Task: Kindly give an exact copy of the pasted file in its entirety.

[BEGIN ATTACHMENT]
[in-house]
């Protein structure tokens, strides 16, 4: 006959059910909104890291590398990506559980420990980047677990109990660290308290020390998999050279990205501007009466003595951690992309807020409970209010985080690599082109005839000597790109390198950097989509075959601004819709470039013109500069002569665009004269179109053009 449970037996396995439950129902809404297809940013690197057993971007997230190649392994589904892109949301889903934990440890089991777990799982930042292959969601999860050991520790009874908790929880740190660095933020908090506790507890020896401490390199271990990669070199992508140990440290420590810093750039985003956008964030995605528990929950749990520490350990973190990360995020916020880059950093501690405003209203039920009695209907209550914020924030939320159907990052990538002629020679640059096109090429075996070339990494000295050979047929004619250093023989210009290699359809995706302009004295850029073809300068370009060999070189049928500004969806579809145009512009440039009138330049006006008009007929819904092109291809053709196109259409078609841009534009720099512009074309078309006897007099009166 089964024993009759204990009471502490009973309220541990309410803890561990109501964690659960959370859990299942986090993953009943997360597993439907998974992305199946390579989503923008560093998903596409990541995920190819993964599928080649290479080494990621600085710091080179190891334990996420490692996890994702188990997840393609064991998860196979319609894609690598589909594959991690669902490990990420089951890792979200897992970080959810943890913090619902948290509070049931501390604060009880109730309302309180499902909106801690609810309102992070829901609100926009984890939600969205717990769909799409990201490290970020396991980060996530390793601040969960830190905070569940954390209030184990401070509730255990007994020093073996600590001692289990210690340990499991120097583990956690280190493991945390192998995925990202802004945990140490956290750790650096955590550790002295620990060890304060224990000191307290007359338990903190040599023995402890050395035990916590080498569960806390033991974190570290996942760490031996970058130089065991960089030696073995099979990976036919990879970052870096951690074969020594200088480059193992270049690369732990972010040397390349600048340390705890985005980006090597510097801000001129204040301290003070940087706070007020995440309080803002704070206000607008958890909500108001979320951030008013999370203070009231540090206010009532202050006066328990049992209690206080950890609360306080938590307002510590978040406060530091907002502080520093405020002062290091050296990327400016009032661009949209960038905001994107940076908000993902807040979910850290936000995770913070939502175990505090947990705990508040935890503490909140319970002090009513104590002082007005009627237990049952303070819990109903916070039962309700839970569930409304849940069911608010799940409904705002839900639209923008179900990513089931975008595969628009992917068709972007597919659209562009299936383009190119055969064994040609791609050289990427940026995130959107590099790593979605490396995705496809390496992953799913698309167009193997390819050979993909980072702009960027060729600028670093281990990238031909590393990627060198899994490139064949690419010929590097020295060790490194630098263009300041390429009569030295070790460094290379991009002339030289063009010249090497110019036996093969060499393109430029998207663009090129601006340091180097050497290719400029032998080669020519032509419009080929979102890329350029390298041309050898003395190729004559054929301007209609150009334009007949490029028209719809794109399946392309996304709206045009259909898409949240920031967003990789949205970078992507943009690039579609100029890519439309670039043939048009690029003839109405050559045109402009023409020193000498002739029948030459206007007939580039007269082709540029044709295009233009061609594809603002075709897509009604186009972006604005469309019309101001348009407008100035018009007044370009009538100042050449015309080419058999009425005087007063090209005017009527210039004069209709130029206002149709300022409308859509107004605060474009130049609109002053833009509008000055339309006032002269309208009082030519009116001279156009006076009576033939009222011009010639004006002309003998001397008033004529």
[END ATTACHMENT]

[in-house]
């Protein structure tokens, strides 16, 4: 006959059910909104890291590398990506559980420990980047677990109990660290308290020390998999050279990205501007009466003595951690992309807020409970209010985080690599082109005839000597790109390198950097989509075959601004819709470039013109500069002569665009004269179109053009 449970037996396995439950129902809404297809940013690197057993971007997230190649392994589904892109949301889903934990440890089991777990799982930042292959969601999860050991520790009874908790929880740190660095933020908090506790507890020896401490390199271990990669070199992508140990440290420590810093750039985003956008964030995605528990929950749990520490350990973190990360995020916020880059950093501690405003209203039920009695209907209550914020924030939320159907990052990538002629020679640059096109090429075996070339990494000295050979047929004619250093023989210009290699359809995706302009004295850029073809300068370009060999070189049928500004969806579809145009512009440039009138330049006006008009007929819904092109291809053709196109259409078609841009534009720099512009074309078309006897007099009166 089964024993009759204990009471502490009973309220541990309410803890561990109501964690659960959370859990299942986090993953009943997360597993439907998974992305199946390579989503923008560093998903596409990541995920190819993964599928080649290479080494990621600085710091080179190891334990996420490692996890994702188990997840393609064991998860196979319609894609690598589909594959991690669902490990990420089951890792979200897992970080959810943890913090619902948290509070049931501390604060009880109730309302309180499902909106801690609810309102992070829901609100926009984890939600969205717990769909799409990201490290970020396991980060996530390793601040969960830190905070569940954390209030184990401070509730255990007994020093073996600590001692289990210690340990499991120097583990956690280190493991945390192998995925990202802004945990140490956290750790650096955590550790002295620990060890304060224990000191307290007359338990903190040599023995402890050395035990916590080498569960806390033991974190570290996942760490031996970058130089065991960089030696073995099979990976036919990879970052870096951690074969020594200088480059193992270049690369732990972010040397390349600048340390705890985005980006090597510097801000001129204040301290003070940087706070007020995440309080803002704070206000607008958890909500108001979320951030008013999370203070009231540090206010009532202050006066328990049992209690206080950890609360306080938590307002510590978040406060530091907002502080520093405020002062290091050296990327400016009032661009949209960038905001994107940076908000993902807040979910850290936000995770913070939502175990505090947990705990508040935890503490909140319970002090009513104590002082007005009627237990049952303070819990109903916070039962309700839970569930409304849940069911608010799940409904705002839900639209923008179900990513089931975008595969628009992917068709972007597919659209562009299936383009190119055969064994040609791609050289990427940026995130959107590099790593979605490396995705496809390496992953799913698309167009193997390819050979993909980072702009960027060729600028670093281990990238031909590393990627060198899994490139064949690419010929590097020295060790490194630098263009300041390429009569030295070790460094290379991009002339030289063009010249090497110019036996093969060499393109430029998207663009090129601006340091180097050497290719400029032998080669020519032509419009080929979102890329350029390298041309050898003395190729004559054929301007209609150009334009007949490029028209719809794109399946392309996304709206045009259909898409949240920031967003990789949205970078992507943009690039579609100029890519439309670039043939048009690029003839109405050559045109402009023409020193000498002739029948030459206007007939580039007269082709540029044709295009233009061609594809603002075709897509009604186009972006604005469309019309101001348009407008100035018009007044370009009538100042050449015309080419058999009425005087007063090209005017009527210039004069209709130029206002149709300022409308859509107004605060474009130049609109002053833009509008000055339309006032002269309208009082030519009116001279156009006076009576033939009222011009010639004006002309003998001397008033004529």